Spirits of the Dead

Edgar Allen Poe

Spirit of the Dead

Thy soul shall find itself alone
'Mid dark thoughts of the grey tomb-stone;
Not one, of all the crowd, to pry
Into thine hour of secrecy.

Be silent in that solitude,
Which is not loneliness- for then
The spirits of the dead, who stood
In life before thee, are again
In death around thee, and their will
Shall overshadow thee; be still.

The night, though clear, shall frown,
And the stars shall not look down
From their high thrones in the Heaven
With light like hope to mortals given,
But their red orbs, without beam,
To thy weariness shall seem
As a burning and a fever
Which would cling to thee for ever.

Now are thoughts thou shalt not banish,
Now are visions ne'er to vanish;
From thy spirit shall they pass
No more, like dew-drop from the grass.

The breeze, the breath of God, is still,
And the mist upon the hill
Shadowy, shadowy, yet unbroken,
Is a symbol and a token.
How it hangs upon the trees,
A mystery of mysteries!


The speaker is standing in a cemetery and he/she sees a soul appear. It is a newly diseased soul. The spirits of the dead who have already been there join the soul. They will show the soul what to do and act as guides for it and lead it into the next dimension. The soul reviews it's past life. Fog appears and the soul and spirits cross dimensions.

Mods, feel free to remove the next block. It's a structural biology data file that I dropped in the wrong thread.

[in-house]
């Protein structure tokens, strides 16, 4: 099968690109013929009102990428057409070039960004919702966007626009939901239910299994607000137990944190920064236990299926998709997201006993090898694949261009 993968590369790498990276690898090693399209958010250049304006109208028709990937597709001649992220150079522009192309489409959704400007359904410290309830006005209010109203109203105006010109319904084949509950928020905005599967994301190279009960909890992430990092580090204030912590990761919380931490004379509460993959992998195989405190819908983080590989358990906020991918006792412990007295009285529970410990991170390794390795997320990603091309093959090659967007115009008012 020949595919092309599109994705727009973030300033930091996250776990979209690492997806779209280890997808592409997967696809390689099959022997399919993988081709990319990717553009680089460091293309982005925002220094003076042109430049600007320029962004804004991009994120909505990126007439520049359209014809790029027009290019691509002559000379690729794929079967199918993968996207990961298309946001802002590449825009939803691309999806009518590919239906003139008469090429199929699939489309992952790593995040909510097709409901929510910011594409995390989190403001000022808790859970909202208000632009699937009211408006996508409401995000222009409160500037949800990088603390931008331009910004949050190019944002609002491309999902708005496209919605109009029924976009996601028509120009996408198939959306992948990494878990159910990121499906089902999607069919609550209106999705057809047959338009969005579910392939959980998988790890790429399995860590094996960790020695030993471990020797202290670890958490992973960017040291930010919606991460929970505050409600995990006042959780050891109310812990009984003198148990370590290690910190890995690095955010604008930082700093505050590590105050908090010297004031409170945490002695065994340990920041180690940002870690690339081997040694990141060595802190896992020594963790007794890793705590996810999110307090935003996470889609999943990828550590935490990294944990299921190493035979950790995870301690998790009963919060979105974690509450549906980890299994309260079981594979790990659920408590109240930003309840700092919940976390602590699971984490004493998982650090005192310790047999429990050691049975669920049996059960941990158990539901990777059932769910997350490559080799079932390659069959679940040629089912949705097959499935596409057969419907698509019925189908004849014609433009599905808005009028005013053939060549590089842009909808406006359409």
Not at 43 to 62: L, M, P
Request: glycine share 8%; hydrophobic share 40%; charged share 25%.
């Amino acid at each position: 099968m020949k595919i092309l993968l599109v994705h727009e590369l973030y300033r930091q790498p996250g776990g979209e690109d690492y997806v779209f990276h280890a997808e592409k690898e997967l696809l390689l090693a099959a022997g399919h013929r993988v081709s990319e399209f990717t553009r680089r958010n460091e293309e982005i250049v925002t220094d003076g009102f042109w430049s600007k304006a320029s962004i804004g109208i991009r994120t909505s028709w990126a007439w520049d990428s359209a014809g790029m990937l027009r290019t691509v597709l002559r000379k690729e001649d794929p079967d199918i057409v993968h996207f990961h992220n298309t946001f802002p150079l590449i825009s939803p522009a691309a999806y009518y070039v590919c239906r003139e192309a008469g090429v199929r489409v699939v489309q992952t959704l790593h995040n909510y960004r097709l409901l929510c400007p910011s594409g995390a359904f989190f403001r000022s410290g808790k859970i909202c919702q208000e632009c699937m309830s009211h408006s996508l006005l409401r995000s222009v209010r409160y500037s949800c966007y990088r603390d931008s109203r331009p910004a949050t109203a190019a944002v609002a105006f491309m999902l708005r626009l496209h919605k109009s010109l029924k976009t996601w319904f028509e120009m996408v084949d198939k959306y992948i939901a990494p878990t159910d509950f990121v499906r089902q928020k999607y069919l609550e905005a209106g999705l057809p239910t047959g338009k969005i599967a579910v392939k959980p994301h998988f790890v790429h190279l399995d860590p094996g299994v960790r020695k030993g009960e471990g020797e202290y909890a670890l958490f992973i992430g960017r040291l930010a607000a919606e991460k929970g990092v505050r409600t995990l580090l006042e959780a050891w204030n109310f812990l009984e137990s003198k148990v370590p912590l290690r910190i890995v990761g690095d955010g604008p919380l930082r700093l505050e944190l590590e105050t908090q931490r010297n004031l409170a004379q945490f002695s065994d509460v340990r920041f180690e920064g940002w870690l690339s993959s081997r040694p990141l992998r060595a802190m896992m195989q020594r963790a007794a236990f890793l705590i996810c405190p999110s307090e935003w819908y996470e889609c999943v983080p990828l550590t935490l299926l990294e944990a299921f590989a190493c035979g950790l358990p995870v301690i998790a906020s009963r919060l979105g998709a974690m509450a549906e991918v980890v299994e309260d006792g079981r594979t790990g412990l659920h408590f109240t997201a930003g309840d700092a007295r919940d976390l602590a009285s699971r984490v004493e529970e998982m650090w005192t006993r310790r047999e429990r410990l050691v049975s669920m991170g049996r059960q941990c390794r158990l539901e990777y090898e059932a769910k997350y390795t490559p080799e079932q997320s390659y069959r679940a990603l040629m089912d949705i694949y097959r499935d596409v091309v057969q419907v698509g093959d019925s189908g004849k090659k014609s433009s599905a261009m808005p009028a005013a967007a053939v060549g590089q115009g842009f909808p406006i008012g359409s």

The poem is a narrative in which events occur such as entering the cemetery and the soul being lead to the next dimension for the after-life. The mood of the poem is very mysterious and somewhat spooky but also awestruck. The speaker is speaking directly to the audience, explaining what'll happen if you find yourself in the situation he/she is describing.

The speaker seems to be curious and also amazed at the sight they were able to see. If someone were to read the poem out loud, he/she should speak it like how you would tell a ghost story; make it spooky. Words such as "Tomb-stone", "Shadowy", "Red orbs", and "Spirit" give off this kind of tone.


The form of the poem is stanza's. Each stanza has a different number of lines. The poet most likely chose this form to go along with the effect he was trying to give off.

The story of the poem goes along chronologically throughout each stanza.

There are six complete sentences in the poem in total, with a lot of punctuation allowing them to be longer. He often put comas and semicolons for the effect of how a reader would say the poem aloud. The verbs are in the correct "noun, verb" order.

Musical Devices

The rhyme scheme of this poem was

A, A, B, C

D, E, F, G, H, H

I, I, J, K, L, L, M, N

O, O, P, P

Q, Q, R, R, S, S

throughout the poem with hints of near rhyme in between the ones that didn't perfectly rhyme.

The poem flows like music due to it's consistent rhythm.

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